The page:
Traditional approaches to securing OT/ICS do not adequately address current threats.

Operational technology/industrial control system (OT/ICS) assets that operate, control, and monitor day-to-day critical infrastructure and industrial processes continue to be an attractive target for malicious cyber actors. These cyber actors, including advanced persistent threat (APT) groups, target OT/ICS assets to achieve political gains, economic advantages, or destructive effects. Because OT/ICS systems manage physical operational processes, cyber actors’ operations could result in physical consequences, including loss of life, property damage, and disruption of National Critical Functions.

OT/ICS devices and designs are publicly available, often incorporate vulnerable information technology (IT) components, and include external connections and remote access that increase their attack surfaces. In addition, a multitude of tools are readily available to exploit IT and OT systems. As a result of these factors, malicious cyber actors present an increasing risk to ICS networks.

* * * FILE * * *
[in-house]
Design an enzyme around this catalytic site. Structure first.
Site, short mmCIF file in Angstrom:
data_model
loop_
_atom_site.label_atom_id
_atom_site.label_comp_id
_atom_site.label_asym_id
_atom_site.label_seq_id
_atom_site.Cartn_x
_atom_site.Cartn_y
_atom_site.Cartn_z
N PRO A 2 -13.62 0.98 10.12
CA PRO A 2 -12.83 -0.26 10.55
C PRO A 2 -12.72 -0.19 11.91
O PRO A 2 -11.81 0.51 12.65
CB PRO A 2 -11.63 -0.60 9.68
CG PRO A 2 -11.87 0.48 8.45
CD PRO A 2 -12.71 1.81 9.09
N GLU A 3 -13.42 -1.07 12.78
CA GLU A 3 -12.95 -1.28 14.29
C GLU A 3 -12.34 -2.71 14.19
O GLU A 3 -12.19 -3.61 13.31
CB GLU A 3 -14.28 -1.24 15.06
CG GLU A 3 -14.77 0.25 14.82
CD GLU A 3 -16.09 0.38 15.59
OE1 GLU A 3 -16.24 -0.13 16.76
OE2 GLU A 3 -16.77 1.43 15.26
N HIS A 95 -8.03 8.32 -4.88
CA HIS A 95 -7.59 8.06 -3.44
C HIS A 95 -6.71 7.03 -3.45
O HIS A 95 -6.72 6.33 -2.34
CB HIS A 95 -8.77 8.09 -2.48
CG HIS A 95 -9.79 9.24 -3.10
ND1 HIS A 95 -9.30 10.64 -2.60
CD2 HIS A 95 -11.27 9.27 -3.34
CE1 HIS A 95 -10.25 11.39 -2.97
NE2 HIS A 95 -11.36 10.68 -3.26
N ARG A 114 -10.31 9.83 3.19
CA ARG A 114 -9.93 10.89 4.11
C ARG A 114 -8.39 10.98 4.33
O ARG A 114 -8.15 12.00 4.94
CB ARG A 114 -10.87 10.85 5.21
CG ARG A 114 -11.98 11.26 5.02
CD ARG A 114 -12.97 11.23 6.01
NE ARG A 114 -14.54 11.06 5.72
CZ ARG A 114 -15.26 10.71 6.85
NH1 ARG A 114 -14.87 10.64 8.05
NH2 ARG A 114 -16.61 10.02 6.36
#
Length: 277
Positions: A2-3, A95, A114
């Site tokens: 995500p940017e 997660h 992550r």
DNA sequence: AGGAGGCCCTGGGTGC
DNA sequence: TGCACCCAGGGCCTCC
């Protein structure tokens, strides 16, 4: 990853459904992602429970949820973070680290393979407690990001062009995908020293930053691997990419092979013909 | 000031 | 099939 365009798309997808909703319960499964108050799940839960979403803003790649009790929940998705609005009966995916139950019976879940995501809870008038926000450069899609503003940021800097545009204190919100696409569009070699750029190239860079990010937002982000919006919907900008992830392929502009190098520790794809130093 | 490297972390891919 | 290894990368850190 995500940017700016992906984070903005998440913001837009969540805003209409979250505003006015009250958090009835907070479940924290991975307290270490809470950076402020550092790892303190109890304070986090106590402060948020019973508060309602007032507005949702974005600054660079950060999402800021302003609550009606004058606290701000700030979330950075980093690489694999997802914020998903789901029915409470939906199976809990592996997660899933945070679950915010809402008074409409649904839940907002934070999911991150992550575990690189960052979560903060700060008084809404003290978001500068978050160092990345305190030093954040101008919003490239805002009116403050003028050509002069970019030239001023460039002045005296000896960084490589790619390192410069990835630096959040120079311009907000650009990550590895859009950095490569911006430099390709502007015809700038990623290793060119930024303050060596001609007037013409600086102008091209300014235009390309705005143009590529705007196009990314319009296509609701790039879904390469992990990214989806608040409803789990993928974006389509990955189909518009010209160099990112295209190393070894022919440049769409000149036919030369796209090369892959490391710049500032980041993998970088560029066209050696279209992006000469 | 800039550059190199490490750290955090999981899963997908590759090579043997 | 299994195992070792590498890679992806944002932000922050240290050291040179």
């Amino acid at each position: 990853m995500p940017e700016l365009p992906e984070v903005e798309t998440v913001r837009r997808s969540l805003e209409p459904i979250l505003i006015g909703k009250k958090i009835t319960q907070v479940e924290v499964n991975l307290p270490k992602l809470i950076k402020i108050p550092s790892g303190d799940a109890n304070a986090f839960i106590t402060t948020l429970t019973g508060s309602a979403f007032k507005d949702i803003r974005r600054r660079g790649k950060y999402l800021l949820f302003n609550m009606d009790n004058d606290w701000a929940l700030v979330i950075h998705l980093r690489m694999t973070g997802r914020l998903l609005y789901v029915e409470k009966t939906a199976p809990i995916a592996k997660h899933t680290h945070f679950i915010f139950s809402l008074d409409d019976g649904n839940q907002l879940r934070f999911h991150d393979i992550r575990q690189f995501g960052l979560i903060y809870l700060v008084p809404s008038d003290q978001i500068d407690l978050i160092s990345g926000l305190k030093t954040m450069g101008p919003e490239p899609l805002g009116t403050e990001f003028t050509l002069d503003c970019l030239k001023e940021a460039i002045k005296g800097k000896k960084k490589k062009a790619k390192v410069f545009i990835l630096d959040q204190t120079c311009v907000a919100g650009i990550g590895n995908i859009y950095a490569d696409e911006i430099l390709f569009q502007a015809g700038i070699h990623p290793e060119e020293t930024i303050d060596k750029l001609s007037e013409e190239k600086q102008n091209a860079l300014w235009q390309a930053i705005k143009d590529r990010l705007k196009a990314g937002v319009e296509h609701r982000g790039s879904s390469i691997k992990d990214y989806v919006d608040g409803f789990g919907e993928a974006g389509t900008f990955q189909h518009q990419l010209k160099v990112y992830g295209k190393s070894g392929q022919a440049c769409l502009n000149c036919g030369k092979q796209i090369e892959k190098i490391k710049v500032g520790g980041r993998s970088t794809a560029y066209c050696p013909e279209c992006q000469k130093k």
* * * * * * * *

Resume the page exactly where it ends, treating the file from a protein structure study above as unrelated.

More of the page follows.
Traditional approaches to securing OT/ICS do not adequately address current threats to those systems. However, owners and operators who understand cyber actors’ tactics, techniques, and procedures (TTPs) can use that knowledge when prioritizing hardening actions for OT/ICS.

This joint Cybersecurity Advisory, which builds on previous NSA and CISA guidance to stop malicious ICS activity and reduce OT exposure [1] [2], describes TTPs that malicious actors use to compromise OT/ICS assets. It also recommends mitigations that owners and operators can use to defend their systems. NSA and CISA encourage OT/ICS owners and operators to apply the recommendations in this CSA.